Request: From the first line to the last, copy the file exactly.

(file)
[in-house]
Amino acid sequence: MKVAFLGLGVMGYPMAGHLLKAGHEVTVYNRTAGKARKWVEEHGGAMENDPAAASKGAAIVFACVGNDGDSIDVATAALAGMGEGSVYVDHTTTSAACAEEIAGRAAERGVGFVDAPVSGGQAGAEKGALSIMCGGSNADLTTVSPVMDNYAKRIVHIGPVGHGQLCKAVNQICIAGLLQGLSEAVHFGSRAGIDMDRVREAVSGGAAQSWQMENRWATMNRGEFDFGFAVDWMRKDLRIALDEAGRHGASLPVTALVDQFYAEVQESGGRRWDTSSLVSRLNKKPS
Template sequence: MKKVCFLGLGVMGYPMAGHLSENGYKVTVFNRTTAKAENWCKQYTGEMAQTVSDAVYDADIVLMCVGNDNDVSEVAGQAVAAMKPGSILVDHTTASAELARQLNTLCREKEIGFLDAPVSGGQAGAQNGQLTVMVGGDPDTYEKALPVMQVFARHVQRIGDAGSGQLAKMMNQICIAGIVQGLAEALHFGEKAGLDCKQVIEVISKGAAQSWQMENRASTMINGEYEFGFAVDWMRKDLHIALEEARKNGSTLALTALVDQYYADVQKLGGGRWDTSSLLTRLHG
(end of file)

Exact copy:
[in-house]
Amino acid sequence: MKVAFLGLGVMGYPMAGHLLKAGHEVTVYNRTAGKARKWVEEHGGAMENDPAAASKGAAIVFACVGNDGDSIDVATAALAGMGEGSVYVDHTTTSAACAEEIAGRAAERGVGFVDAPVSGGQAGAEKGALSIMCGGSNADLTTVSPVMDNYAKRIVHIGPVGHGQLCKAVNQICIAGLLQGLSEAVHFGSRAGIDMDRVREAVSGGAAQSWQMENRWATMNRGEFDFGFAVDWMRKDLRIALDEAGRHGASLPVTALVDQFYAEVQESGGRRWDTSSLVSRLNKKPS
Template sequence: MKKVCFLGLGVMGYPMAGHLSENGYKVTVFNRTTAKAENWCKQYTGEMAQTVSDAVYDADIVLMCVGNDNDVSEVAGQAVAAMKPGSILVDHTTASAELARQLNTLCREKEIGFLDAPVSGGQAGAQNGQLTVMVGGDPDTYEKALPVMQVFARHVQRIGDAGSGQLAKMMNQICIAGIVQGLAEALHFGEKAGLDCKQVIEVISKGAAQSWQMENRASTMINGEYEFGFAVDWMRKDLHIALEEARKNGSTLALTALVDQYYADVQKLGGGRWDTSSLLTRLHG